I always thought if I was resting my body it would be fine to keep my brain super active but I’ve actually found, if my brain gets too tired, my physical pain increases, so a balance is really important. I now realise “burn out” is a real danger.

Tips to get the balance right

I do have a few tips to hopefully try and get the balance right. Remember though that these are tips for those of us with Chronic Diseases who are disabled to a point where getting out and about is difficult. Many of us can no longer work and have given up exciting and rewarding careers because of our health.

Our new life of blogging, writing and managing online forums, is in essence our work. It’s like a new career choice and we are passionate about it and committed to it.

It’s a positive and essential life activity for those of  us living with chronic disease!

The balancing act is a work in progress for me, so if any of my Chronic Illness friends and colleagues have tips to add, please let me know.

Tip One: Schedule quiet rest times that are phone free during the day. Even 30mins is enough just to rest your brain and dial down physical pain levels;

Tip Two: Get your head out of the phone at least for every 15 mins in an hour. If able use this time to stretch your body, go into the garden, speak to your partner ( oops, probably should have put that first ), make a cuppa etc;

Tip Three: Don’t feel guilty about using your phone. It’s how those of us with chronic debilitating disease can best connect with others, in what would otherwise be a pretty lonely existence. Think of it as your work, your new career. It’s a positive tool in many circumstances in life but particularly under these circumstances;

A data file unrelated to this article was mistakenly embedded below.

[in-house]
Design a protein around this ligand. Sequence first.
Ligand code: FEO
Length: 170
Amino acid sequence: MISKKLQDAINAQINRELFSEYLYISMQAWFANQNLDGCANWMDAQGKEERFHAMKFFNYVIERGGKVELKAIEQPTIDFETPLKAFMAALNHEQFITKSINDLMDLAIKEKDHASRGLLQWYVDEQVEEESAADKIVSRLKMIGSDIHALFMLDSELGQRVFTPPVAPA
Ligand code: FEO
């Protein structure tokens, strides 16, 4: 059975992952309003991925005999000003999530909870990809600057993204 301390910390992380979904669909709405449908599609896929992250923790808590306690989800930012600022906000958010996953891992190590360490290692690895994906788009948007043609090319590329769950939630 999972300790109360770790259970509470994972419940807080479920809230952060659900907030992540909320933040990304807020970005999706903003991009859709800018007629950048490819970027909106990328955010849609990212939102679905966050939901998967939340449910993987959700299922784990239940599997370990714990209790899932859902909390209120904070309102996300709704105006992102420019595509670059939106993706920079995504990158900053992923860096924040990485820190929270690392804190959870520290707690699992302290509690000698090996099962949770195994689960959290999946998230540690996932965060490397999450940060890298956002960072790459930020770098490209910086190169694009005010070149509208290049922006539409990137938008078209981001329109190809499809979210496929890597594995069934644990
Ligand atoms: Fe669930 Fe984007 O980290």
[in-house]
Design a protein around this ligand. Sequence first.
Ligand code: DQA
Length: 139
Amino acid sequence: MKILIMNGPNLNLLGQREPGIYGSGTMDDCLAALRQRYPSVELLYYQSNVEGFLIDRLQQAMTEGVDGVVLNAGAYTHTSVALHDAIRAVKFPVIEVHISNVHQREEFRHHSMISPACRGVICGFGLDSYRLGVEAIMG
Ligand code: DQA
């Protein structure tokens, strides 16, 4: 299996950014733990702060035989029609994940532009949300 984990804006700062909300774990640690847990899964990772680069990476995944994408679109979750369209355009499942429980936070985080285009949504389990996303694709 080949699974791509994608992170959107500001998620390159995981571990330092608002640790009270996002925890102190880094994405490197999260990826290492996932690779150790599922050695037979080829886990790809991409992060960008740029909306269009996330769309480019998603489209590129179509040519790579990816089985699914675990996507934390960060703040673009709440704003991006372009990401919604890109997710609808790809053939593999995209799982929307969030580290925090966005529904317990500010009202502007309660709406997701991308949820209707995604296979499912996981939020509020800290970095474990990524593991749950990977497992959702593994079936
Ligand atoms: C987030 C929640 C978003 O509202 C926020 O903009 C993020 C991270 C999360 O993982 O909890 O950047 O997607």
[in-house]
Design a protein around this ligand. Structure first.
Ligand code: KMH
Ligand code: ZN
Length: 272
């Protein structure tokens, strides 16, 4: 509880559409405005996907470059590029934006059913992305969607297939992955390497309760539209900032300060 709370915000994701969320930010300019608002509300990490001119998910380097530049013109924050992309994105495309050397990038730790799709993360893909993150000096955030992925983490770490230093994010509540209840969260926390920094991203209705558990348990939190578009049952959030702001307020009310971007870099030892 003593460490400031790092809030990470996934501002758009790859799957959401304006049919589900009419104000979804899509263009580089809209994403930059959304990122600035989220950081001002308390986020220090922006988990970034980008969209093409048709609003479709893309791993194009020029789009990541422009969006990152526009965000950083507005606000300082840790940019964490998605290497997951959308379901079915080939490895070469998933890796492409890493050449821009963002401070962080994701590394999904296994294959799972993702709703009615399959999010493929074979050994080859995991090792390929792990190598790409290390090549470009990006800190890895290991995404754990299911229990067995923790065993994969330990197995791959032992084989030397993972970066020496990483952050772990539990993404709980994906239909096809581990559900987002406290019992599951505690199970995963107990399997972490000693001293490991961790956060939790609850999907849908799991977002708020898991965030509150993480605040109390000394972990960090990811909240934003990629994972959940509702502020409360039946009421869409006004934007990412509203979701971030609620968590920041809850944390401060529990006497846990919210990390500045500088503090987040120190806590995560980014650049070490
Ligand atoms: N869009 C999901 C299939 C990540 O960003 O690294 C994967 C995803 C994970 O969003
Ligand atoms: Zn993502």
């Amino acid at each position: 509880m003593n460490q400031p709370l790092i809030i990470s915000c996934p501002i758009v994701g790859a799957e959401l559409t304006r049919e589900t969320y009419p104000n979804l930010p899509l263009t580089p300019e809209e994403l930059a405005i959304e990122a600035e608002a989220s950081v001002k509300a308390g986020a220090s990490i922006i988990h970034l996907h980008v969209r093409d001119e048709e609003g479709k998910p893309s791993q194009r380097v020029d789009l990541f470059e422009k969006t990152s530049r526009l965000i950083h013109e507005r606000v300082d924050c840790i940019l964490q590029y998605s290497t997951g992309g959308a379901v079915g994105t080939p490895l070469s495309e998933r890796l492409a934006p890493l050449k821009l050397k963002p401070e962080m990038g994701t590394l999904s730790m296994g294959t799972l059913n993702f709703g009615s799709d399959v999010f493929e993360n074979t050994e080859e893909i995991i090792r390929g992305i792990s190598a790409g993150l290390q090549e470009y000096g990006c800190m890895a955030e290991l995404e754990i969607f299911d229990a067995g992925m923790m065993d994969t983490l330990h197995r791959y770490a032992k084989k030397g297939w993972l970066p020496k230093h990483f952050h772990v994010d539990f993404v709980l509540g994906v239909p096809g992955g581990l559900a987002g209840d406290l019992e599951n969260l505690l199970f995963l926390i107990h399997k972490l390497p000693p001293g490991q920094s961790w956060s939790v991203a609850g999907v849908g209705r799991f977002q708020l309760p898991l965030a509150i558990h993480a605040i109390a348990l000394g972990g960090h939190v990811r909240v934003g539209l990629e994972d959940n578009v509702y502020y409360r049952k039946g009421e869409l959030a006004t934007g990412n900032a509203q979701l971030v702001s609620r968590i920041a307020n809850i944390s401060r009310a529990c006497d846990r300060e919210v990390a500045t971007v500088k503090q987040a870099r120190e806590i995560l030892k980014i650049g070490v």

Tip Four: When you are ready to turn the lights out at night or even 30mins before that time, turn your phone to silent. I have my phone beside my bed so that when I do wake up in the morning, I can start checking emails, messages,  Facebook forums, Twitter etc while I’m waiting for my pain meds to kick in. You don’t want a buzzing phone by your ear during the night. Remember many Chronic Illness sufferers can’t sleep well and will be quite active on their phones during the night, so if you are able to sleep and don’t want to be disturbed, definitely make sure your phone is on silent. Your partner will thank you too!

Above all, enjoy the wonderful connections that await us each and every day in the “land of our phones”.

Now it’s time for me to put the phone down and have a good 30min rest.

I’ll definitely be back soon though xx


If you’re looking for genuine support, care, understanding & friendship, you are so welcome to join my closed Facebook support forum, Medical Musings with Friends . It’s a safe place to connect with others living with chronic & complex diseases, who truly understand the daily challenges. A warm welcome awaits.